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Description automatically generatedThere was a collective gasp of horror in the ground and households across the country when the red light flashed. Sachin was run out for 65 runs. It was what the Lankans were looking for. They went for the kill. India lost its next 6 wickets for 22 runs, and the score read 120/8. Azharuddin scored a duck, and only Kambli reached double figures. The pitch had totally crumbled and so had the Indian batting and the hopes of millions. The ball was spinning like a top and it was virtually unplayable. Seeing the loss of their team imminent, most of the crowd of more than 100,000 people at Eden Gardens started moving out, but the ones in the ground showed their displeasure by throwing bottles on the ground. This disrupted the play for some time. Upon resumption, a section of the crowd started fire in the stands.
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Description automatically generatedThis caused the match referee Clive Lloyd to stop the match and award it to the Lankans. It was the first instance of any match being awarded to a team like this. The sight of a desolate Vinod Kambli leaving the ground in tears made the whole of India cry. It was a sorry night for Indian cricket, and a journey which promised so much ended in such a despair.
There were allegations of this match being fixed by Azharuddin when his name came up in the match fixing scandal in 2000, but he has stated again and again that decision to field first upon winning the toss was taken in the team meeting, to negate the threat of Lankans chasing ability. However, seeing the dusty state of the pitch in the first innings itself, one can easily say that it was not a wise decision.
The second semi-final also panned out very unexpectedly. Electing to bat first on one of the fastest pitches in India, Australia suffered one of their worst starts to an innings. They were reduced to 15/4 with 2 wickets apiece for Curtly Ambrose and Ian Bishop. Their prolific opener Mark Waugh was out for a duck, and Aussies were in all sorts of trouble. Stuart Law and Michael Bevan came together for a 138-run partnership and steered the innings to some sort of respectable score. Some good hitting in the end by Ian Healy took the score to 207/8. In reply, the West Indies innings was off to a good start, courtesy Shivnarine Chanderpaul and contributions from Lara and Richardson. At 165/2 at the end of 42nd over, the match was as good as over. But that is when the unbelievable collapse happened. Once Chanderpaul got out, Roger Harper and Ottis Gibson, the lower middle order batsmen were mysteriously promoted above the batsmen Jimmy Adams and Keith Arthurton. A magical spell by Shane Warne, in which he picked up 3 wickets and the wickets taken by other bowlers restricted the Windies and they needed 10 off last over, with 2 wickets in hand.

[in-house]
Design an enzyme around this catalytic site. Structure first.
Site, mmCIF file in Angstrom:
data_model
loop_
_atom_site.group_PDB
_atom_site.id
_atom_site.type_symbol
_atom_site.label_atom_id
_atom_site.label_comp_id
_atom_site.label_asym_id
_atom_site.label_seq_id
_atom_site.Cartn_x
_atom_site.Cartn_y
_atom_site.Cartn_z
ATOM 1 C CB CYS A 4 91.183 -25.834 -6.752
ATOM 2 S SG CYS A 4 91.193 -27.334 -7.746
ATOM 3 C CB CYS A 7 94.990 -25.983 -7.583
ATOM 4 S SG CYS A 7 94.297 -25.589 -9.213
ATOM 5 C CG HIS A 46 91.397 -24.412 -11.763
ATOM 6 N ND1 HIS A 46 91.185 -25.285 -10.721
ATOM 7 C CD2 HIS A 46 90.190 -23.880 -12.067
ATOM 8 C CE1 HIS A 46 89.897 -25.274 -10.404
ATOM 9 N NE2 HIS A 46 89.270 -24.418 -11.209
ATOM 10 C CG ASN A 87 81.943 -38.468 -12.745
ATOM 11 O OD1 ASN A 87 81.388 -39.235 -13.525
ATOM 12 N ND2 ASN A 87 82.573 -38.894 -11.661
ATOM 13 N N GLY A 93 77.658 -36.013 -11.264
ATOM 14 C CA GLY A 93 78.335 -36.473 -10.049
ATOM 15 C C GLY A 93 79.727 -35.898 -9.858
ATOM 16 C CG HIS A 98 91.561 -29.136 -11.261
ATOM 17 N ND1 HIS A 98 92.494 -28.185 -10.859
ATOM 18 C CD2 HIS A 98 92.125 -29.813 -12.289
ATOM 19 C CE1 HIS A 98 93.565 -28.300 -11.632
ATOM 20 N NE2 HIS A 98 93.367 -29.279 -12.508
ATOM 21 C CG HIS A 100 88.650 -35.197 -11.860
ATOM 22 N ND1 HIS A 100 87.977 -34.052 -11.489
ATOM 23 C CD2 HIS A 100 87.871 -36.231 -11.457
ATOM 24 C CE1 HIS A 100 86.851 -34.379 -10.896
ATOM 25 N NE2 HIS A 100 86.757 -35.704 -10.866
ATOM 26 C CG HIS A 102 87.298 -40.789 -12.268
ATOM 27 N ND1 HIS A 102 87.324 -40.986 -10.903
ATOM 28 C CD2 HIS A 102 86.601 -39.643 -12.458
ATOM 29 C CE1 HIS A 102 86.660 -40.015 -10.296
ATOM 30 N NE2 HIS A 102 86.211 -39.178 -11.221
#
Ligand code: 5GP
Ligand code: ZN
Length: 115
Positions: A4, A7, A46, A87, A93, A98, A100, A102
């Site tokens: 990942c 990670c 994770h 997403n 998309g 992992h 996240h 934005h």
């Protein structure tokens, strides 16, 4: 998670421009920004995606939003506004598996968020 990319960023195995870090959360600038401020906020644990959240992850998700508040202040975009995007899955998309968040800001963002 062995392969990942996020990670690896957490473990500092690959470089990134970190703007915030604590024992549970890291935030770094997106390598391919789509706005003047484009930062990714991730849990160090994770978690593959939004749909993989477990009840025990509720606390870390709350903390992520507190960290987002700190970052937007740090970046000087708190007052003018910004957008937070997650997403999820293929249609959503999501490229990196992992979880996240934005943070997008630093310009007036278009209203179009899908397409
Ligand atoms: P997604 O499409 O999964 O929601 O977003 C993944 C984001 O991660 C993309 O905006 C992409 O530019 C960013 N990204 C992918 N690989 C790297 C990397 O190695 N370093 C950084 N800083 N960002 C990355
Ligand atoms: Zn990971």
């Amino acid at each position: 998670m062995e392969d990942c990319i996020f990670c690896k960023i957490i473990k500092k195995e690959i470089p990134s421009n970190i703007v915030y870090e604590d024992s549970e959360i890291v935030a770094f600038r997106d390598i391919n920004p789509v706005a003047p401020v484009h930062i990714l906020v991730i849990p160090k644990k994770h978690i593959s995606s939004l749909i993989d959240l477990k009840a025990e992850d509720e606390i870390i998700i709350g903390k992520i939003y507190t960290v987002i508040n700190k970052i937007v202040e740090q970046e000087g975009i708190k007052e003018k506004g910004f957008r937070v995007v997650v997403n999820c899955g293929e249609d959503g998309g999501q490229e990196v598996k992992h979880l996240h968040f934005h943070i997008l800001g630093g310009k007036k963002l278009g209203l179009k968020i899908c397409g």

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Description automatically generatedThe good thing for them was that skipper Richardson was still at the crease. He hit the first ball for a four, but tried to pick up a single next ball, resulting in Ambrose getting run out. This made the player with the most infamous reputation with a bat in hand come out and take the strike – Courtney Walsh. They say there has never been a bigger bunny than him when it comes to batting. He needed to somehow get to the other end and give the strike back to Richardson. But Damien Fleming bowled the perfect delivery to hit the off stump, and helped Australia register a most famous and unexpected victory. The Windies had let go of a golden opportunity to make their fourth cup final, and they are still waiting for another chance.
The ironic fact about this semi final was that either of the teams would have faced Sri Lanka in the final, who they decided against touring in the group stage. It was to be the culmination of a perfect plot, and the Lankans were waiting to defeat whoever they faced in the final. In fact, before the cup had started, Arjuna Ranatunga had quipped that he would like to face Aussies in the final, given the hostility faced by the Lankans when they toured ‘down under’ before the world cup and their spinner Mutthiah Muralitharan was repeatedly called for ‘chucking’ by Aussie umpires Darrell Hair and Ross Emerson. At that time, people were puzzled seeing Arjuna’s confidence because no one really gave a chance to the Lankans to reach the final of the world cup. But now, it was a reality, and the Lankan lions were raring to go one on one against the Aussies.